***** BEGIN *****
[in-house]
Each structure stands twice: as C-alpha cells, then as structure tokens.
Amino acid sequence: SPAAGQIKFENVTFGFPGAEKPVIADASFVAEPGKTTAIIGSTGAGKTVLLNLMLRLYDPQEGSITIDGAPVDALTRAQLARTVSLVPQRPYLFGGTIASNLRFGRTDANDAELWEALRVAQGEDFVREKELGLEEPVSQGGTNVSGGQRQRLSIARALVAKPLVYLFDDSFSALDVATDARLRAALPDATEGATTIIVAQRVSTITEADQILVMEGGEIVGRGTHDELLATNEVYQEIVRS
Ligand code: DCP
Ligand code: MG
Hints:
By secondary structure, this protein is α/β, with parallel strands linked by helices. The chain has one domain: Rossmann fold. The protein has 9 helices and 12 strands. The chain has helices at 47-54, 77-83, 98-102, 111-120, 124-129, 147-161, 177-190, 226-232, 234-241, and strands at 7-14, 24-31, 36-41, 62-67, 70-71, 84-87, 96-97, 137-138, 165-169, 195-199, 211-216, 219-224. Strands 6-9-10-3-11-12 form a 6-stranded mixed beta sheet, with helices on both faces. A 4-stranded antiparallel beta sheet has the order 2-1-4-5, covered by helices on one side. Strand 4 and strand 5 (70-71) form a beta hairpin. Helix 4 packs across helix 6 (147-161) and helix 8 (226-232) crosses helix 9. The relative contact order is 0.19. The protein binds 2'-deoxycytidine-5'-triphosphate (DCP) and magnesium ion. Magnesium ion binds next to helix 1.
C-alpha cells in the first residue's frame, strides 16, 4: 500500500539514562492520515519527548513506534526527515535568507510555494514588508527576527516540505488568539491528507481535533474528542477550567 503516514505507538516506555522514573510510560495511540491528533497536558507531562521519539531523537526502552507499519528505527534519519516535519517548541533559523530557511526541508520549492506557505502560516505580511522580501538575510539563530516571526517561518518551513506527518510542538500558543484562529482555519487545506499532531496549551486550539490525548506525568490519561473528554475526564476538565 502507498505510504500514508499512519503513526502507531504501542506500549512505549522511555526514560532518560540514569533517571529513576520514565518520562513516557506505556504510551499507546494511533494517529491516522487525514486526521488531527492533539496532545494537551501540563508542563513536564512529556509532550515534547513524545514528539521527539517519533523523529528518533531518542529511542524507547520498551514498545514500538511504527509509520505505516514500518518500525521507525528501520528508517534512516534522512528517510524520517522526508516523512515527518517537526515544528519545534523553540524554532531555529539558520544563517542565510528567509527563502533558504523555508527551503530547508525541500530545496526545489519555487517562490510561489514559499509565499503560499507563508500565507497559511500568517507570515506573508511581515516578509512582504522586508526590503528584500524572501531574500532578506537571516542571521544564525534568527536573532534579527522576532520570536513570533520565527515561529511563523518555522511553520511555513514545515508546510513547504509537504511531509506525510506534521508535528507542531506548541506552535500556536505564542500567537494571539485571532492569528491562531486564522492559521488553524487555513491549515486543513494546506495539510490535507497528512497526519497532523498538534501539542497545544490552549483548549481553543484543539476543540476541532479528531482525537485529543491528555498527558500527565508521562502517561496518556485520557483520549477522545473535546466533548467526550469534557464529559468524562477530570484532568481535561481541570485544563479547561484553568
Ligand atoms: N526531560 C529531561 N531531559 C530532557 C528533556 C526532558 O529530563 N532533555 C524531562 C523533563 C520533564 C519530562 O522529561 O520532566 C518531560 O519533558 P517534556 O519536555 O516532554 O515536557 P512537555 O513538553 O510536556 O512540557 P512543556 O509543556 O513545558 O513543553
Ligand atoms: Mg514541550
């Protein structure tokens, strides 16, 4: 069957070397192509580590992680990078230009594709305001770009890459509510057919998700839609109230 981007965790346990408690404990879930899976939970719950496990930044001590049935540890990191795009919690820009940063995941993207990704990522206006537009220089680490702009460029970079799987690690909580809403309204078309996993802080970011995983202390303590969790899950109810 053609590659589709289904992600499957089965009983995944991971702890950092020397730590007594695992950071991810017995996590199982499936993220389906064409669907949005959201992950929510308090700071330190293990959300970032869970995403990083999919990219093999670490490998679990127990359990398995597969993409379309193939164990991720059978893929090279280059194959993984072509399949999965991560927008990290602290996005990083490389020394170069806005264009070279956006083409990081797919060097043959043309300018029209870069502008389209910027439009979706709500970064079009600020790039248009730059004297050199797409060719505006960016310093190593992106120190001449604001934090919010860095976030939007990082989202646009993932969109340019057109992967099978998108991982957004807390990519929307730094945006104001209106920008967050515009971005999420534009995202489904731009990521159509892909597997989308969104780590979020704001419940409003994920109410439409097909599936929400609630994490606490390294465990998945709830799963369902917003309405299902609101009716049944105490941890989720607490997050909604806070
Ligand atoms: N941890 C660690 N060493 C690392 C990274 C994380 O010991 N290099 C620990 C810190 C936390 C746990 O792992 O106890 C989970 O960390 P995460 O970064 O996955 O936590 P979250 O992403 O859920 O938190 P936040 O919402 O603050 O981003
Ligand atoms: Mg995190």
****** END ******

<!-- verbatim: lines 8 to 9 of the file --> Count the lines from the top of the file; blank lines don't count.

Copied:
C-alpha cells in the first residue's frame, strides 16, 4: 500500500539514562492520515519527548513506534526527515535568507510555494514588508527576527516540505488568539491528507481535533474528542477550567 503516514505507538516506555522514573510510560495511540491528533497536558507531562521519539531523537526502552507499519528505527534519519516535519517548541533559523530557511526541508520549492506557505502560516505580511522580501538575510539563530516571526517561518518551513506527518510542538500558543484562529482555519487545506499532531496549551486550539490525548506525568490519561473528554475526564476538565 502507498505510504500514508499512519503513526502507531504501542506500549512505549522511555526514560532518560540514569533517571529513576520514565518520562513516557506505556504510551499507546494511533494517529491516522487525514486526521488531527492533539496532545494537551501540563508542563513536564512529556509532550515534547513524545514528539521527539517519533523523529528518533531518542529511542524507547520498551514498545514500538511504527509509520505505516514500518518500525521507525528501520528508517534512516534522512528517510524520517522526508516523512515527518517537526515544528519545534523553540524554532531555529539558520544563517542565510528567509527563502533558504523555508527551503530547508525541500530545496526545489519555487517562490510561489514559499509565499503560499507563508500565507497559511500568517507570515506573508511581515516578509512582504522586508526590503528584500524572501531574500532578506537571516542571521544564525534568527536573532534579527522576532520570536513570533520565527515561529511563523518555522511553520511555513514545515508546510513547504509537504511531509506525510506534521508535528507542531506548541506552535500556536505564542500567537494571539485571532492569528491562531486564522492559521488553524487555513491549515486543513494546506495539510490535507497528512497526519497532523498538534501539542497545544490552549483548549481553543484543539476543540476541532479528531482525537485529543491528555498527558500527565508521562502517561496518556485520557483520549477522545473535546466533548467526550469534557464529559468524562477530570484532568481535561481541570485544563479547561484553568
Ligand atoms: N526531560 C529531561 N531531559 C530532557 C528533556 C526532558 O529530563 N532533555 C524531562 C523533563 C520533564 C519530562 O522529561 O520532566 C518531560 O519533558 P517534556 O519536555 O516532554 O515536557 P512537555 O513538553 O510536556 O512540557 P512543556 O509543556 O513545558 O513543553